There are now over half a million e-scooters on European streets, according to Zag’s latest modelling and research.
New data reveals that there are currently 520,000 vehicles available, up from 400,000 in February. With strong upward momentum in the sector, these numbers could hit 600,000 by the end of the summer.
Operator e-scooter numbers
The market leader in 2022 remains TIER, with around 150,000 e-scooters across Europe. This includes 1,000 Spin e-scooters in the UK, following the purchase of the company late last year.
Many of these Spin scooters will be rebranded as TIER and brought onto its platform soon. In fact this process has already begun in Essex, with the launch of 350 TIER e-scooters replacing Spin’s e-scooters in Chelmsford.
TIER also now owns Nextbike, which could well make it the continent’s largest bikeshare company too. When factoring in all the Nextbike bikeshare systems scattered across the world, the firm can claim, with some justification, that it is operating micromobility vehicles in more locations globally than any other.
It is a now a close battle for second place between Bolt and Voi.
Together the companies have around the same number of e-scooters as TIER – maybe a little more now, as Bolt in particular is growing fast. While Bolt first and foremost remains a ride-hailing firm, with micromobility presented as an alternative in its app, the operator is increasingly releasing fleets of e-scooters in towns and cities where it does not operate cab services.
Although Bolt has no e-scooter presence in the UK, the country is likely to be on its target list should e-scooter sharing open up following legislation promised in the next 12 months. Estonian-based Bolt already operates ride-hailing services in the UK and will have a big presence at the MOVE conference in London this week.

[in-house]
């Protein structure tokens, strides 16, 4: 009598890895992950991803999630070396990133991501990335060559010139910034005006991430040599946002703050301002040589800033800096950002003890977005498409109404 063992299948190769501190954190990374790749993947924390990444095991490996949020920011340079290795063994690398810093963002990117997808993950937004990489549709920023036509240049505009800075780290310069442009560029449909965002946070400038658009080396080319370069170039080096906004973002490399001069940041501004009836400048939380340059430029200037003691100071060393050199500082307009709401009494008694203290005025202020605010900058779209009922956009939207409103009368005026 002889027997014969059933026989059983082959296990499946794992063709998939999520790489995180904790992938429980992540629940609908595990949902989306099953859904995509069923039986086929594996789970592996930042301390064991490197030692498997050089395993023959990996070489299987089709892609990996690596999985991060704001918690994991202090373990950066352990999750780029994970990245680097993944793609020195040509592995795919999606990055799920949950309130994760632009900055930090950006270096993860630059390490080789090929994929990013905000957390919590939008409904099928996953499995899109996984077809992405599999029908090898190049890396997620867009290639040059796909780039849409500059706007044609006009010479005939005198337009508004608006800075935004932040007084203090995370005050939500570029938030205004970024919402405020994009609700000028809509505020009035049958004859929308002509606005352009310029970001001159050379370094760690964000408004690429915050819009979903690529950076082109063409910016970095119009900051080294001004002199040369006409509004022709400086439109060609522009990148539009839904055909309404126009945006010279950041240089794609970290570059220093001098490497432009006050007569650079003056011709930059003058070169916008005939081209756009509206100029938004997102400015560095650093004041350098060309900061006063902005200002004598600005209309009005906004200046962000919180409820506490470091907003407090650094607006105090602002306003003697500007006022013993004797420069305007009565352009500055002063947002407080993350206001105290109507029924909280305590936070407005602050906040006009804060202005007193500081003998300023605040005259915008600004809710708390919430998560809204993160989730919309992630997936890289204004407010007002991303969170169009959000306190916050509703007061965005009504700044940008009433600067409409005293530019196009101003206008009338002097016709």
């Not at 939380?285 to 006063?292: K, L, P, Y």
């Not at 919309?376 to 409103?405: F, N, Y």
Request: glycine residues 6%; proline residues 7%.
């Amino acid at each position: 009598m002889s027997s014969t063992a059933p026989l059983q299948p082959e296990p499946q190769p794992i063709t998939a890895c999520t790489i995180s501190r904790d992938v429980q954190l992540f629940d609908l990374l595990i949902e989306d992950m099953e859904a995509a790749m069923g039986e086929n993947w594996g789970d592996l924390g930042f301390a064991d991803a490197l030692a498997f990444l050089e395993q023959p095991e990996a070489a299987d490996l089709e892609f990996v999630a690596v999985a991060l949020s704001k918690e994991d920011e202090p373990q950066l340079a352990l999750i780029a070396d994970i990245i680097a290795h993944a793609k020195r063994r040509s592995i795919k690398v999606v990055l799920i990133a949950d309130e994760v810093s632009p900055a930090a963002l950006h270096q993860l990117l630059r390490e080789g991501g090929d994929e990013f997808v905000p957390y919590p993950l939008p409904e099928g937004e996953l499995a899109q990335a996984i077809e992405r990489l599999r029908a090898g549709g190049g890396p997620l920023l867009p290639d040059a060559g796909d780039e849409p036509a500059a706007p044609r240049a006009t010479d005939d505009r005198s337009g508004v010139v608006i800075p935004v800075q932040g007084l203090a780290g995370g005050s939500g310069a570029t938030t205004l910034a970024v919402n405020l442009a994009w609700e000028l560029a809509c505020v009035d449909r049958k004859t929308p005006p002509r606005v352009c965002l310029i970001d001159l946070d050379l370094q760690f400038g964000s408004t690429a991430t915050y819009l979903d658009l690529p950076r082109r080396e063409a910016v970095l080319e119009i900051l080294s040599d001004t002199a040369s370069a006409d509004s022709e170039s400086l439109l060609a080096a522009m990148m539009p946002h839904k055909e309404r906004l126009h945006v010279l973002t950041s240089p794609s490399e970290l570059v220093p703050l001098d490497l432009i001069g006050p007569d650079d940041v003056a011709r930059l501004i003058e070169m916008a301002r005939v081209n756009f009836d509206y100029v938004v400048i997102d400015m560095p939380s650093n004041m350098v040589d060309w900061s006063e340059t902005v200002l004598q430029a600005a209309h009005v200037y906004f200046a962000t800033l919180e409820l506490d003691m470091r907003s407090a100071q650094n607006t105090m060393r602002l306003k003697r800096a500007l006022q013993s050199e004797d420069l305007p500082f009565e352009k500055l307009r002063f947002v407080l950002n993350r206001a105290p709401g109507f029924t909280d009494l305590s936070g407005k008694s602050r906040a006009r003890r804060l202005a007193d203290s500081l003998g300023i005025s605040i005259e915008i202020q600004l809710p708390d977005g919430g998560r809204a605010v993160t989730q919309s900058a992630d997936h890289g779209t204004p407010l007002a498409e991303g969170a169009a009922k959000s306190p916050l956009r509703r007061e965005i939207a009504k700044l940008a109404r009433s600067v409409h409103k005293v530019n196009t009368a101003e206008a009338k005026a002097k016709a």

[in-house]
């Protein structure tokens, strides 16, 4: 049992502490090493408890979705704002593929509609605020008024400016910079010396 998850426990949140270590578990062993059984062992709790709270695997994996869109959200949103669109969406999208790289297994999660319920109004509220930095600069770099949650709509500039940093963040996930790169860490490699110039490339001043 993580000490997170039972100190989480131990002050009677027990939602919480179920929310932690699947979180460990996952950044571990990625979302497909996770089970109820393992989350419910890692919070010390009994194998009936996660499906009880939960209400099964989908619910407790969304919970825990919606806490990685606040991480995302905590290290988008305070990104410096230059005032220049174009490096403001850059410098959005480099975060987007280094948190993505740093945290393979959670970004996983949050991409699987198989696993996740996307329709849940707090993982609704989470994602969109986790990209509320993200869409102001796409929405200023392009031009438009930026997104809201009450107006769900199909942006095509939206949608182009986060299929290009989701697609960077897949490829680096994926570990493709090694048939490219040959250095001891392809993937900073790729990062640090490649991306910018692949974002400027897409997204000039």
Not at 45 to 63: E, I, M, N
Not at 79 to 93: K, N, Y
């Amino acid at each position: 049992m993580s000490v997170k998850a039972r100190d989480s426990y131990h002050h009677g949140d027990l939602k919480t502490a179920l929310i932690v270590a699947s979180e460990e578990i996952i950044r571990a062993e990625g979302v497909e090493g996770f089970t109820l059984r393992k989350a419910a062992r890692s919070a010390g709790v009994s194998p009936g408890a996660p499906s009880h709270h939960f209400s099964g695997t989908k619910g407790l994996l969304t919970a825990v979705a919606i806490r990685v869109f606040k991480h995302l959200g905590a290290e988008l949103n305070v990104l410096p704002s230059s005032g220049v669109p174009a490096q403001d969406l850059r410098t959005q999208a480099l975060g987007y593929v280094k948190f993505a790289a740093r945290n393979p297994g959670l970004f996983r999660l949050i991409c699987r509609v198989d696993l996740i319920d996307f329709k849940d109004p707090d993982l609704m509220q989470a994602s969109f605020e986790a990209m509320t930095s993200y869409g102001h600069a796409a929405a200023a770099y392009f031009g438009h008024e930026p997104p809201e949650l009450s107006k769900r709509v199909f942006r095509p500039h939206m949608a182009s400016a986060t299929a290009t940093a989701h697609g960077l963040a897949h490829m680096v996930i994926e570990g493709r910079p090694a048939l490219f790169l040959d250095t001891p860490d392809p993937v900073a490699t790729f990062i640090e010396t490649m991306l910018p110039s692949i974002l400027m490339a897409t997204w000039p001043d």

The market split
So, 60% of the European market is split between just three companies – TIER, Bolt and Voi – while the top five is rounded out by two American companies, Lime and Bird, which most likely have around 20% of the market combined.
Three more companies together make up a further 10% – Dott, Superpedestrian and Helbiz.
The remaining 10% consists largely of single-country or single-city operators, with the notable exception of Neuron, which is a big player in Asia but has a sole European presence in the UK, where it has just over 1,000 vehicles.
The UK could play a major role in this shared e-scooter revolution. The region remains in a tightly controlled trial phase and numbers have remained pretty static at around 20,000 e-scooters since London’s launch almost a year ago – while Germany now has nearly 10 times as many.
Should UK legislation open the sector up, Zag estimates a doubling or even tripling of the numbers to match the footprint of shared e-scooters in Italy or Poland – two countries of roughly similar population, but a fully open marketplace for shared e-scooters.
Zag Daily’s modelling takes a selection of available datasets, app observations and other sources, and models the missing gaps to understand how big the market is and how quickly it is growing. Please note that this is a model and some of the numbers may be a little too high or low. Should more operators reveal their stats, Zag will incorporate these in.